WHL Hockey in May. Doesn't get any better then that.
Just some random thoughts to pass along after the Thunderbirds wrapped up the Western Conference Championship Wednesday night with a thrilling, come from behind, 5-4 double overtime win.
First, some advice; never take a pretty strong decongestant if you know the game is going an extra 30 minutes. I was fine if this had been wrapped in in regulation, but the time release decongestant I took at noon seemed to kick in right as overtime started. I had dry mouth the rest of the way. My tongue was sticking to the roof of my mouth. I was chugging down water like a thirsty man after crawling through the desert. I woke up Thursday morning with no voice. Good to have a week off.
In a game that featured nearly 90 minutes of hockey 16-year old rookie, fourth line center, Matthew Wedman probably logged only about six minutes of total ice time. He needed just about, oh six seconds, to cement his place in T-Birds lore though. What a moment. Wedman sat right behind me on all those bus rides this season. He always has a grin, not a smile, but a grin on his face. He always looks like he's just pulled a prank on someone and is waiting for them to figure it out, like, did he just stick a "kick me" sign on my back? How can this kid be so up all the time? Then you realize that's it, he's just a kid; a big, grinning, 16-year-old kid. He should be happy and up all the time. And now he's scored one of the biggest goals in Seattle Thunderbirds history.
In a postseason full of his excellent goaltending, Tuesday night Landon Bow probably had his best game of the playoffs, posting 36 saves in a 3-1 Game 3 win. He kept the T-Birds in position to win the game in the third period. Wednesday night in Game 4 he probably had his least affective game of the playoffs, fighting the puck all night and surrendering four goals. Tuesday he had his team's back, Wednesday his teammates had his back. That's what it takes to win this time of the season.
Seattle had the WHL's best penalty kill during the regular season. They've kept it going in the postseason. Kelowna went just 2-for-17 on the power play in the Western Conference Championship. With the game on the line, the T-Birds killed off four Rockets power plays in overtime.
So impressed by Rodney Southam's actions after the game. With his team spent and utterly dejected and consoling each other while the T-Birds celebrated just to their right Southam, the Rockets team captain, pulled Wedman's game-winning goal out of the back of the Rockets net. Did he blast it down ice out of frustration? No. Did he chuck it away? No. He picked it up, skated it over to Jerret Smith and handed it to the T-Birds captain. Even in season ending defeat he recognized what an important souvenir that piece of vulcanized rubber was to Seattle. Class act.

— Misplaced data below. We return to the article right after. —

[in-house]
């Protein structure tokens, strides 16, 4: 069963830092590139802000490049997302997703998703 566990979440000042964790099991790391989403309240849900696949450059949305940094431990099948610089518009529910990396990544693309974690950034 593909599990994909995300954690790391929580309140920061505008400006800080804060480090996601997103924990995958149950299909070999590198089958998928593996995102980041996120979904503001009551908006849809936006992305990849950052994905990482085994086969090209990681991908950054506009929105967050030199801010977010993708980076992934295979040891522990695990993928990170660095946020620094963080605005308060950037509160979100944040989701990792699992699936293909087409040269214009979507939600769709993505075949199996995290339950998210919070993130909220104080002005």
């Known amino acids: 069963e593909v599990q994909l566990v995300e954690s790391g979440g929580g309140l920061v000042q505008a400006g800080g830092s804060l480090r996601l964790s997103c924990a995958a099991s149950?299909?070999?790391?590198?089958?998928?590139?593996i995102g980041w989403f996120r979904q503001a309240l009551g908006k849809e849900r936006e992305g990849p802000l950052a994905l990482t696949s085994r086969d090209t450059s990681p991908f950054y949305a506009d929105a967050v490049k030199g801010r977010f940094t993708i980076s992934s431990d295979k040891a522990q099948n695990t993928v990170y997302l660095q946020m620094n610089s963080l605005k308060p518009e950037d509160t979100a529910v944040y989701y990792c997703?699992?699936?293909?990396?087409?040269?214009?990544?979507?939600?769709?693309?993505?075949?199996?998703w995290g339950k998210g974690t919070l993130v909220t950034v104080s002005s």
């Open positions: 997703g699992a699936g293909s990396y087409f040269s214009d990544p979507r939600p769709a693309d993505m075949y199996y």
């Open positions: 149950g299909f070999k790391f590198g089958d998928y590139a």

Rocket's goalie Michael Herringer started the season as a 19-year-old back up. He ended it as Kelowna's best player in the post season. 70 saves. Wow.
Ethan Bear with his shot dialed in...dangerous. Best T-Bird player on the ice in Game 4.
Seattle's four NHL drafted players in Game 4: 4 goals, 6 assists, 10 points and +6. That's your best players being the best players on the ice at the most important time of the season. After Games 1 and 2 I wrote about the game within the game between Matt Barzal and Kelowna's Rourke Chartier and how I gave just a slight edge to Chartier in the battle through the first two contests between what I considered to be the two best players in the series. After two more games Barzal clearly went ahead in that competition. Through the first two games each player had scored two goals. When the series was over Barzal added another goal and four assists and was +3 in Games 3 and 4. Meanwhile Chartier was kept off the scoreboard the final two games and went -5.
The T-Birds two overage defensemen so far in the playoffs, Jerret Smith and Jared Hauf, are a combined +27 without scoring a goal but logging a ton of ice time. Stats like goals and assists don't always tell the whole story about a player's importance to his team.
So far in the playoffs not one of Seattle's opponents has found an answer for the T-Birds second line of Scott Eansor, Donovan Neuls and Nolan Volcan. Buzz saws all.
Wednesday night was the first time in 13 postseason games Seattle allowed more than three goals. That's impressive. In fact, in the first 12 games they had only allowed three goals twice. Despite the four goals, of course, they still won.
Three Stars for the last two games of Western Conference Finals:
Third Star: Center Matthew Wedman. Just one goal but it was the biggest in franchise history since 1997. I mean, how can you not put him on this list based just on that. Remember too, he hadn't had a shift since early in the 3rd period, yet was ready to go when his number was called. Now has bragging rights over his two older brothers.
Second star: Center Matt Barzal. A goal and four assists in the last two games. He wants the spotlight and excels in the moment. Kelowna dedicated a lot of attention to him in the series and he still ended up with 3g, 4a, 7pts. and was a plus player in the four games.
First Star: Defenseman Ethan Bear. Winning goal in Game 3, a big goal to pull the team within one late in Game 4 then the primary assist on the tying goal that sent the game to OT. Clutch.